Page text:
The king is so revered in Thailand that even saying negative things about him is considered one of the worst things you can do. (My positive impression comes from seeing the good things he's done; I'm sure there are things about him that are less than perfect, but that's not what people think about.) I heard one story of a foreigner who was thrown in jail when the wind whisked some money from his hand and he stepped on it to keep it from blowing away. His offense? The king's image is on Thailand's money, and by stepping on it (even unintentionally) he was disgracing the king's image!


A day after I arrived, I was lucky enough to stumble upon a performance of traditional Thai khon dance. Some of you may have watched the opening ceremonies of the Asian Games held around Bangkok in December. If you did, you saw a truly beautiful and mysterious performance that showed the complexity and richness of Thai culture. Khon dance is one of the oldest and most beautiful of art forms in Thailand.

The khon dance portrays stories from the Ramakian, which is Thailand's version of the Hindu epic Ramayana. (Remember how the Ramayana is central to Javanese and Balinese culture as well?) This is one of the most obvious influences that India has had on Thai society.

The Thai version of the story is basically the same as the original from India, but it does have some variations. The names, for example, are slightly different: the demon Ravana is "Thotsakhan" in one change. Even the title of the story suggests a difference that tells much about Thai values: "Ramakian" means "Glory of Rama", which reflects the Thai people's historical support of a strong kings. (Kings since the 18th century have been named "Rama", after the name of the main character and king in the Ramakian, and they always live in Bangkok, whose full name includes a reference to its still being Ayodhya, the place where Rama lived.)

Stories like the Ramakian are considered part of Thailand's tradition of "classical" literature. There are also other performances of "folk" literature, which include songs, plays and folk stories, and "religious" literature, among which the Jataka Tales are a favorite. But more on that later!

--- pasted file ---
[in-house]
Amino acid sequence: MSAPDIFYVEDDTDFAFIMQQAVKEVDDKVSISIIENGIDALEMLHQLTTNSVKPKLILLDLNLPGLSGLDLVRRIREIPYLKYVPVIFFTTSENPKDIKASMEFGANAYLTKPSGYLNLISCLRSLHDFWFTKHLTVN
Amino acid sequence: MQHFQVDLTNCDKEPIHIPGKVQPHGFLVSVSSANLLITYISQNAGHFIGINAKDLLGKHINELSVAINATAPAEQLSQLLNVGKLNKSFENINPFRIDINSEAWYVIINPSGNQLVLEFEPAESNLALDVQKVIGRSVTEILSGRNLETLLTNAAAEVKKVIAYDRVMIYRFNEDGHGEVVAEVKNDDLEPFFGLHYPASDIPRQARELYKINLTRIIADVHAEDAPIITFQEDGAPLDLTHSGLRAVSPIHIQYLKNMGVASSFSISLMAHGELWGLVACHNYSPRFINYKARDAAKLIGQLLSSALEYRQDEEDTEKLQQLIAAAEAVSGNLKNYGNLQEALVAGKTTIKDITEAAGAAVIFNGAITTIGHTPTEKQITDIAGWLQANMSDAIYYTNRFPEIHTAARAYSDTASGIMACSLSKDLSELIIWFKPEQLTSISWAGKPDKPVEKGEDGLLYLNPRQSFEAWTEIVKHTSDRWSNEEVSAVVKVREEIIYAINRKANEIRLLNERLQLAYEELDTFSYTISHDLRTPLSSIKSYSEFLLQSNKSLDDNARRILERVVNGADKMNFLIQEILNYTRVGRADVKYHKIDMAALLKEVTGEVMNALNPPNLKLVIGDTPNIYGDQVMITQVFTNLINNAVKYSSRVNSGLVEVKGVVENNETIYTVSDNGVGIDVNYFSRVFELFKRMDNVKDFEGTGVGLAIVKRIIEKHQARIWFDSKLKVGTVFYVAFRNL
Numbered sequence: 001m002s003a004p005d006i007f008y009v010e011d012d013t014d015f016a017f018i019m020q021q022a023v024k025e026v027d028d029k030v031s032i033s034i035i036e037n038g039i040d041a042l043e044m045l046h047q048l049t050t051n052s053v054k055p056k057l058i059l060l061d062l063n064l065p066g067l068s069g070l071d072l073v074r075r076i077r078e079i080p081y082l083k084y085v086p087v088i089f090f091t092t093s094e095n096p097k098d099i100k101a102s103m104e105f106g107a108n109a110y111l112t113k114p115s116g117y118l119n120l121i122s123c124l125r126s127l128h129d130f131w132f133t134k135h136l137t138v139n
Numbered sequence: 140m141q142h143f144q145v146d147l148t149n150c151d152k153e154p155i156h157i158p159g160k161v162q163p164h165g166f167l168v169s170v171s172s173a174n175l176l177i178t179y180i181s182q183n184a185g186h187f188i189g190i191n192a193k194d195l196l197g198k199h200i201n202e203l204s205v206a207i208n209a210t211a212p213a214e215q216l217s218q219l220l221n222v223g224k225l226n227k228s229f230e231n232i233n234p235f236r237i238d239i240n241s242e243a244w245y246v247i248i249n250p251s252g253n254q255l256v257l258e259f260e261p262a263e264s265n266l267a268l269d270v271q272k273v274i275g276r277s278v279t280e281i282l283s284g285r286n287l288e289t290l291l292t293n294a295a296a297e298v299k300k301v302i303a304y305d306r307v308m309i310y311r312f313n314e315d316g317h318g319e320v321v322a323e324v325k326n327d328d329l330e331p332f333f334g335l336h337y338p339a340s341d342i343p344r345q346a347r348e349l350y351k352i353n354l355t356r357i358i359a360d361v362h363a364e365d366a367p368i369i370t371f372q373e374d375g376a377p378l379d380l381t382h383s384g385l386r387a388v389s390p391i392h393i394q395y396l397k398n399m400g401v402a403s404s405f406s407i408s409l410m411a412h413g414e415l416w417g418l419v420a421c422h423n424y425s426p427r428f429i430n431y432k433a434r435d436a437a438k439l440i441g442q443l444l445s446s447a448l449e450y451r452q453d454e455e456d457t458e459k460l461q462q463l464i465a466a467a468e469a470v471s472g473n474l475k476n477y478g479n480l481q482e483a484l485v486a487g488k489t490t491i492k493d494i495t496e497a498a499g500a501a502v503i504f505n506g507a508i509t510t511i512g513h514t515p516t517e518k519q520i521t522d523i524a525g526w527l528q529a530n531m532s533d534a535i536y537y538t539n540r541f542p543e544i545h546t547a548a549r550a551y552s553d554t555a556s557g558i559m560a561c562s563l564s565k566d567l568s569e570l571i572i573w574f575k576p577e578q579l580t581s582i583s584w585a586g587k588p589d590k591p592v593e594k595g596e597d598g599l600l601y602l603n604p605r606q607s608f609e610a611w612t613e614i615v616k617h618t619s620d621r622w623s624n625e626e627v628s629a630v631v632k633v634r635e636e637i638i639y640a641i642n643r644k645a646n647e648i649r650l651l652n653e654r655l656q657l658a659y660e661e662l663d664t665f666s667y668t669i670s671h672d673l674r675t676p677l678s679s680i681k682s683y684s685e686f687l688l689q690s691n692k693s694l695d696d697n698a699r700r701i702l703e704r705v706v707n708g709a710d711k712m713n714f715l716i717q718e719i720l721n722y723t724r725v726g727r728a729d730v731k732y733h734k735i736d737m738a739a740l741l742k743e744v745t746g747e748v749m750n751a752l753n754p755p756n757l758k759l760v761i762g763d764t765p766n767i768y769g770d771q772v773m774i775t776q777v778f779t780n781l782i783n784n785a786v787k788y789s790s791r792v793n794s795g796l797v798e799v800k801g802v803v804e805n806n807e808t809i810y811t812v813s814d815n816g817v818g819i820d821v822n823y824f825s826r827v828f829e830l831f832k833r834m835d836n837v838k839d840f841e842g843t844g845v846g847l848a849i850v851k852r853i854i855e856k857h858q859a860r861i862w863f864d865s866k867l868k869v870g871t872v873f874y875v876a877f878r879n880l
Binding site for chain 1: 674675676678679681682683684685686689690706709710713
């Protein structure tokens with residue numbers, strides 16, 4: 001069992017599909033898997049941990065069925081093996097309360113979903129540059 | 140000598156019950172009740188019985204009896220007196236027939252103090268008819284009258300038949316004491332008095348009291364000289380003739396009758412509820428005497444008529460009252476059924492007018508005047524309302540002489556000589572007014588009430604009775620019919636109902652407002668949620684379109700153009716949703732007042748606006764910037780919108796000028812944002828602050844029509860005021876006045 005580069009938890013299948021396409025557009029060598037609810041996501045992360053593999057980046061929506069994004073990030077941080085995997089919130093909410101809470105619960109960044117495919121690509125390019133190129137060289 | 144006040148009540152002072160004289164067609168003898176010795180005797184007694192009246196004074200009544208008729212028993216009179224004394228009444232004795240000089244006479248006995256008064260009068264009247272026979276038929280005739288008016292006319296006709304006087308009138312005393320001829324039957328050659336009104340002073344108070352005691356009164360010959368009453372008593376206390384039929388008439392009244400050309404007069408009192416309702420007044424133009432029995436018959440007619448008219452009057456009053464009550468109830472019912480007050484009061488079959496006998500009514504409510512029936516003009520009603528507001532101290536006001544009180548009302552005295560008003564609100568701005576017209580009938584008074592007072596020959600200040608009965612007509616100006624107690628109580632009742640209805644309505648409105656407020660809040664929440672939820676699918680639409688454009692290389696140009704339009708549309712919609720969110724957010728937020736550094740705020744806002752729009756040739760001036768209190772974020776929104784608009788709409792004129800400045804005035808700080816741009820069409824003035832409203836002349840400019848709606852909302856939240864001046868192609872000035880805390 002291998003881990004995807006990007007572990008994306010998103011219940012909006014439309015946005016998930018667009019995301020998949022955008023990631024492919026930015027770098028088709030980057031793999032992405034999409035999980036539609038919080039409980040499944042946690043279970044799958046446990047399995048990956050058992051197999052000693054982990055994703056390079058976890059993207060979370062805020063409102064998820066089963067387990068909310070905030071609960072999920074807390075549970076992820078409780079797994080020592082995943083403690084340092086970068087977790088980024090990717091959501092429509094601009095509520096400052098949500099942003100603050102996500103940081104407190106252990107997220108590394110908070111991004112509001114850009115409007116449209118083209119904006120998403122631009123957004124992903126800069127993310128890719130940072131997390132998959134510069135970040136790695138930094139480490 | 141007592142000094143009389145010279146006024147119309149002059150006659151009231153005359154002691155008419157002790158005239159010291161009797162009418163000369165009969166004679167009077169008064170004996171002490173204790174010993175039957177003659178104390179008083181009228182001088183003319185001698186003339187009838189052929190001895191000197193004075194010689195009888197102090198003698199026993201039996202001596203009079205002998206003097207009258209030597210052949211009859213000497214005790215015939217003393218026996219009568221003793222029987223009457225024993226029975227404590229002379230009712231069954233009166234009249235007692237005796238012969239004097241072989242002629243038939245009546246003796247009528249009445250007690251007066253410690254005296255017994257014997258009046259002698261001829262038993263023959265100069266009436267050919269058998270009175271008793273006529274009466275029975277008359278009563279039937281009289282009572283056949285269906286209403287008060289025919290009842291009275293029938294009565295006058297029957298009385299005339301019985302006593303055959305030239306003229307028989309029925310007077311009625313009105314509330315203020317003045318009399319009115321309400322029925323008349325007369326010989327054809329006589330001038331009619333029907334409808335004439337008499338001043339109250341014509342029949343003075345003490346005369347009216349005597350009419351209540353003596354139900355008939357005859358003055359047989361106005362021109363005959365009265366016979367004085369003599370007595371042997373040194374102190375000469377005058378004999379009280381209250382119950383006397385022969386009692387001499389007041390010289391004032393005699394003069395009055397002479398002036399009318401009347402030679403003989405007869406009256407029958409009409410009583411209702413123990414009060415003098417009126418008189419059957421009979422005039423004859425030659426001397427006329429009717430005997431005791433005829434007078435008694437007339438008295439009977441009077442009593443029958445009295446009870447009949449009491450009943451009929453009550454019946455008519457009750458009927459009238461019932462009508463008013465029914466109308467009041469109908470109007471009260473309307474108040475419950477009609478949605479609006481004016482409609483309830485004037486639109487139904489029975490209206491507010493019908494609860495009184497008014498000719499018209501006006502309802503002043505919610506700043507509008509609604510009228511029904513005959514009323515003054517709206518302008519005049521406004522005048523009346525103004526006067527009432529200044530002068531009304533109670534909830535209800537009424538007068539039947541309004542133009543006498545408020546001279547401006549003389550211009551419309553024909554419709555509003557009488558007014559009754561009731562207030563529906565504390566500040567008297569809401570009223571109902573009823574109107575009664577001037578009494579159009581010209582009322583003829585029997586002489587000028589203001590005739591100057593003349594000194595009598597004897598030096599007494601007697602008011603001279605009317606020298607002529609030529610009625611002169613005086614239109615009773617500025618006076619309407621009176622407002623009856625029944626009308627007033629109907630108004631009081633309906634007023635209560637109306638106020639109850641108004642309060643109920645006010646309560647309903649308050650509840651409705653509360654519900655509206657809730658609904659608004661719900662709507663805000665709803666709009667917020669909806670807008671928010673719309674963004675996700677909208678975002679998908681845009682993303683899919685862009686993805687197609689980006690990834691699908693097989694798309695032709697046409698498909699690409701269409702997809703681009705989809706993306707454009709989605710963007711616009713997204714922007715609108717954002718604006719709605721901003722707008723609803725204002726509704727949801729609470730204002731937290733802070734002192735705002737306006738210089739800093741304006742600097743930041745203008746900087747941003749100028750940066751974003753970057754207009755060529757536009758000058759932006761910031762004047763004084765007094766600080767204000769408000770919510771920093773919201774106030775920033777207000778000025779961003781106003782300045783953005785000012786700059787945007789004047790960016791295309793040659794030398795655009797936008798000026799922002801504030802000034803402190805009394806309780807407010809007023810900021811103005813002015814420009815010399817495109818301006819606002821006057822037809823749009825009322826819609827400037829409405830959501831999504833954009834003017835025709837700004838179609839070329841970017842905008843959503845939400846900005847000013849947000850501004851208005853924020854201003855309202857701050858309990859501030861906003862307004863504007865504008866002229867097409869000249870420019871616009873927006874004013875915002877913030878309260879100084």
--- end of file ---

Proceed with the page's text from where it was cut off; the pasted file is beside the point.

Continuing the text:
After the play was over, I followed a massive and growing crowd across the street into Sanam Luang, a large and grassy gathering area that has a long, important history to the city. I wasn't sure where I was going, but somebody mumbled to me that there was going to be a "kick-boxing" match and I knew I had to go. It was obvious by the density of the crowd, milling around or pushing one another or piling onto buses parked around the area, that SOMETHING big was going on. The energy was psycho.

I kept moving around, trying to figure out where the action was, but nothing much seemed to be going on. Suddenly, all the lights went out. Everyone pulled out candles and lit them; the national anthem began blaring out over loudspeakers. Fireworks began exploding high in the sky in every direction. At one point, I could see four separate shows going on, and this lasted for a good twenty minutes. In front of me, a fireworks fountain erupted, spewing yellow sparks a hundred feet into the air. It was terrifying! A dragon appeared out of nowhere, it's forty-foot-long spiraling neck holding up a head with sparks spouting from its mouth. Then, as if to make the madness even more intense, the gate we'd all been jammed behind opened up, and thousands of people rushed forward towards what looked like a boxing ring in the middle of the field.

I'd stumbled onto the King's birthday party!